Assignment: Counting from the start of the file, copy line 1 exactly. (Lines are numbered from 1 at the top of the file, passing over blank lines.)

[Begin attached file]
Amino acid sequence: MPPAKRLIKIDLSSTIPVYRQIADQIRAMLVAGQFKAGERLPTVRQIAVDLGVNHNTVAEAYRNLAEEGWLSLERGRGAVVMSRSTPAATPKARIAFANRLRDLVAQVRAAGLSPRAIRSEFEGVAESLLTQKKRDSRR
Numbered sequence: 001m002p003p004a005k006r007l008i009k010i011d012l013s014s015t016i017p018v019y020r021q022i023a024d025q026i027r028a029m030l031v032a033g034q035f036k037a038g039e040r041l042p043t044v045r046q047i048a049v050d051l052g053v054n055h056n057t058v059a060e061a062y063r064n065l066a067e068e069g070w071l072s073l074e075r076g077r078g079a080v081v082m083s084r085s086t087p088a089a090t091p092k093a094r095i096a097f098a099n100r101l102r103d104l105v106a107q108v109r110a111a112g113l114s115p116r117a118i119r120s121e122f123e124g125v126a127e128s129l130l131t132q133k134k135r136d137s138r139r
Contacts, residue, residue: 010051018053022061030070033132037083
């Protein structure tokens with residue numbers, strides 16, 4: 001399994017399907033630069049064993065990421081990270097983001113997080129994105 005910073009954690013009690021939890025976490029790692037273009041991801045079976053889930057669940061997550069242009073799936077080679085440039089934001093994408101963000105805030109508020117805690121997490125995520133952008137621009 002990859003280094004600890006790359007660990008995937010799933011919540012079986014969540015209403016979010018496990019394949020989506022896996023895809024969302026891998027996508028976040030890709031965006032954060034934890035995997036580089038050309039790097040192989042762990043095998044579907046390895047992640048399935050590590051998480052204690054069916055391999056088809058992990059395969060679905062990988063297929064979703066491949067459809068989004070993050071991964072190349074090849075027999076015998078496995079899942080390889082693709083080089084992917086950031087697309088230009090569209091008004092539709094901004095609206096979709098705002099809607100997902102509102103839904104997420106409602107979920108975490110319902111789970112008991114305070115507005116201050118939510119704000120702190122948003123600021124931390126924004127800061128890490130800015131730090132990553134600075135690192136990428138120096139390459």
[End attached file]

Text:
Amino acid sequence: MPPAKRLIKIDLSSTIPVYRQIADQIRAMLVAGQFKAGERLPTVRQIAVDLGVNHNTVAEAYRNLAEEGWLSLERGRGAVVMSRSTPAATPKARIAFANRLRDLVAQVRAAGLSPRAIRSEFEGVAESLLTQKKRDSRR